This year California will begin implementing a new policy that requires companies to fill around 40 percent of corporate board positions with female directors. Governor Jerry Brown signed the gender quota law into effect last year, and it will phase in over the next three years. By 2021, the policy will require companies to appoint two female directors if the company has five directors and three female directors if the corporation has six or more.
While unprecedented in the United States, California’s policy is not original. The proposal follows in the footsteps of various other European countries including Norway, France, Italy, Germany, and Spain that have passed similar legislation in recent years. And given that some policies have been around for more than a decade already, California voters and policymakers would be wise to consider the outcomes of existing reforms and set expectations accordingly.
Californians should start by reviewing Norway’s experience: Norway was the first country to require gender quotas for corporate boards in 2003, and the country set quotas at around the same level as California (40 percent of corporate board directors must be female under Norwegian law). Norway’s policy dissolves companies in the event of noncompliance, whereas California is set to fine companies between $100-$300K if they don’t comply.
Norway and California’s reform also shares a common objective. As California law describes it, “More women directors serving on boards of directors of publicly held corporations will … improve opportunities for women in the workplace.” Likewise, the primary objective of Norway’s reform was to increase female representation in corporate leadership positions and reduce other gender disparities within corporations. The idea is that if women are discriminated against or lack a corporate network necessary to advance within a company, then gender quotas might help overcome that.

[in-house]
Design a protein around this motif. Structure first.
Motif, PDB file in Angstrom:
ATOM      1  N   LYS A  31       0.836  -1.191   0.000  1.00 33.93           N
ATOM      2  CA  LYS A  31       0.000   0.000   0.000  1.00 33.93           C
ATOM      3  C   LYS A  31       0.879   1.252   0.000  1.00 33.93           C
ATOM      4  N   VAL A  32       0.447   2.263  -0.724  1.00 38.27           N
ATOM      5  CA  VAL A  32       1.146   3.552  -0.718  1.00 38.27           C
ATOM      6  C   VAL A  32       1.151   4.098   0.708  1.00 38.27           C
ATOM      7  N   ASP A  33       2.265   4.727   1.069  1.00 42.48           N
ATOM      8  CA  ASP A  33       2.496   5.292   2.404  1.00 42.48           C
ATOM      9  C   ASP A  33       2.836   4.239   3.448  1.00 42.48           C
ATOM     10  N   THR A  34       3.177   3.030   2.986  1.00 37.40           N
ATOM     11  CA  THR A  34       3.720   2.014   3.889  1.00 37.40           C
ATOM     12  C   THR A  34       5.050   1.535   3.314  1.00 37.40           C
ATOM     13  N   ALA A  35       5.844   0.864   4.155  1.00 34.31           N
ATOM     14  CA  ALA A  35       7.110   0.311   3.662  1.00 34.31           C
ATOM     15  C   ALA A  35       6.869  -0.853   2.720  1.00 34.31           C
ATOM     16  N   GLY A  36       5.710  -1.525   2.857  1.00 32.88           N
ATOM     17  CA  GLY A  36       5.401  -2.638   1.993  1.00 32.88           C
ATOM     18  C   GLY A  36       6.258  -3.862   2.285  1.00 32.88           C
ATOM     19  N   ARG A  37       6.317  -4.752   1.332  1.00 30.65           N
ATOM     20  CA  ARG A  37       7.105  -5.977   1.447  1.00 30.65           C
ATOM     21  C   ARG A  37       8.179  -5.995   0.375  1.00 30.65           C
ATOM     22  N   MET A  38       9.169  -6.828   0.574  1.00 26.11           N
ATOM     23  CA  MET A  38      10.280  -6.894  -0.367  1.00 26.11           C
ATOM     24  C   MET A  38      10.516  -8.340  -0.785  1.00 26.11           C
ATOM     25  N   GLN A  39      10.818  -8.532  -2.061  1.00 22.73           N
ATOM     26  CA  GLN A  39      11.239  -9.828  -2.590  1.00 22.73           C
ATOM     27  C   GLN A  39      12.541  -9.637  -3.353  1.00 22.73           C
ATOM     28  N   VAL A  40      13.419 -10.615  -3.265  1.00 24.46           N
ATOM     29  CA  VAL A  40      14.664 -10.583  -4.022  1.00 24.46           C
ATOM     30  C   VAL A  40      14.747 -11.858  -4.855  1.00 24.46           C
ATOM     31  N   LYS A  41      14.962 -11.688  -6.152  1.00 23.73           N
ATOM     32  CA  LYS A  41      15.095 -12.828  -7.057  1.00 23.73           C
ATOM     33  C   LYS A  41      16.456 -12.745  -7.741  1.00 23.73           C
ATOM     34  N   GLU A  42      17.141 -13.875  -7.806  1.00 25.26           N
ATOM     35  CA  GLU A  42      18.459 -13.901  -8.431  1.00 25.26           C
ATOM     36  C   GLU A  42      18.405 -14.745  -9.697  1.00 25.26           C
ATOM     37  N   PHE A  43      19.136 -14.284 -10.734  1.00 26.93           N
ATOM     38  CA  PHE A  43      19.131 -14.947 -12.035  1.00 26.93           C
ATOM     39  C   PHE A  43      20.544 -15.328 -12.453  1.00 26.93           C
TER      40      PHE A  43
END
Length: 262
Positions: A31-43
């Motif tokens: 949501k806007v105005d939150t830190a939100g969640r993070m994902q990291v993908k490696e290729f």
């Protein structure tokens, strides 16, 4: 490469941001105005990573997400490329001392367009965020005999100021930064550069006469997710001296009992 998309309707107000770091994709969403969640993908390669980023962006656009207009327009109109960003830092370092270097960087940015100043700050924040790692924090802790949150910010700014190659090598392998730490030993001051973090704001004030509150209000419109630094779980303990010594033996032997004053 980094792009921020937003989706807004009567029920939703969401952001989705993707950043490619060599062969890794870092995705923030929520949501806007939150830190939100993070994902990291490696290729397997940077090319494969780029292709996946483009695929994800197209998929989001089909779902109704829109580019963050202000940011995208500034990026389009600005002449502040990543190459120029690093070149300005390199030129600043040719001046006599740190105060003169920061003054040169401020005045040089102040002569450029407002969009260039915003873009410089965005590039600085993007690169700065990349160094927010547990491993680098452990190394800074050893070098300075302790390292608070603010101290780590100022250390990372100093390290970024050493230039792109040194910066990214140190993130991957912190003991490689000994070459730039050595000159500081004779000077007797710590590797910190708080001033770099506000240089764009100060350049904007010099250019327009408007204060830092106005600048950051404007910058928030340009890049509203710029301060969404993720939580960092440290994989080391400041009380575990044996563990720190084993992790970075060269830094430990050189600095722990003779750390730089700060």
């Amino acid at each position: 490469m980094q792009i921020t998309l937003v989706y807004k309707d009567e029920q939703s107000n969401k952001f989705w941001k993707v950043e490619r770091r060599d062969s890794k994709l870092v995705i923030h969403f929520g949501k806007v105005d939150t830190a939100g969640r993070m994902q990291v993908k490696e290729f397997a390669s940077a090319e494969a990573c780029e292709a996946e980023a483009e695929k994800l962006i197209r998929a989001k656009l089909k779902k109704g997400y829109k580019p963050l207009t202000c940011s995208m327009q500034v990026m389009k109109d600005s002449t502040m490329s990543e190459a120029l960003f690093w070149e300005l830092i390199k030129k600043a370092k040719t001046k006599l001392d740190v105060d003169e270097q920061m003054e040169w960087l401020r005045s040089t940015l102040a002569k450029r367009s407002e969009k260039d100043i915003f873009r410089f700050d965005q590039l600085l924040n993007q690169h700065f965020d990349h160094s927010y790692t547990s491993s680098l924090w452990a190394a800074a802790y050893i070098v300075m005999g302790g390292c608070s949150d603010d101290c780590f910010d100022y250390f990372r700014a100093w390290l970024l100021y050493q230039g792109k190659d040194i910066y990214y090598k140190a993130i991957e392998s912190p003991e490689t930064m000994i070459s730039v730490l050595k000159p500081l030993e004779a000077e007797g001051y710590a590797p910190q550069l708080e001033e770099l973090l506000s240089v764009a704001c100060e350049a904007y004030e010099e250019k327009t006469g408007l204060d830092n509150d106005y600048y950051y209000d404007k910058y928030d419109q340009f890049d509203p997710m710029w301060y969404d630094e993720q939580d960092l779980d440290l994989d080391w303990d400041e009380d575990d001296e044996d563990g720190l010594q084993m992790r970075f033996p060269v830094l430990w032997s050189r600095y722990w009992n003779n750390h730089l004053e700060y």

But findings from a study published this week in The Review of Economic Studies challenges the idea that women’s opportunities in the workplace can be improved through gender quotas.
The study’s authors find that although Norway’s gender quotas increased the nominal level of women on corporate boards and benefited elite women selected for board director roles, the impact mostly ended there. Specifically, Norway’s quotas did not increase female representation in corporate leadership positions overall, did not reduce gender pay gaps for highly qualified women, and did not benefit highly qualified women that were not selected for board roles. In a survey that was part of the study, young women also had not adjusted marital or childbearing plans because of the reform, which is important since marriage and childbearing have an impact on long‐term female work and earnings trajectories.
The authors concluded that “overall, seven years after [Norway’s] board quota policy fully came into effect… it had very little discernible impact on women in business beyond its direct effect on the women who made it into boardrooms.”
The new study is not alone in its findings. Other research, described in the Cato research paper The Nordic Glass Ceiling and elsewhere, supports the findings of the recent study. For example, in one Swedish study researchers found no evidence gender quotas had an impact on the gender division of managers. And in a study published in the Nordic Labour Journal researchers reported that quotas did not lead to higher earnings for women. Indeed, as The Economist wrote in 2018, “ten years on from Norway’s quota for women on corporate boards… gender quotas at board level in Europe have done little to boost corporate performance or to help women lower down.”
Although we have yet to see what impact California’s reform will have on women, the existing evidence suggests it will not be what voters and policymakers expected. Voters and policymakers should temper their expectations accordingly.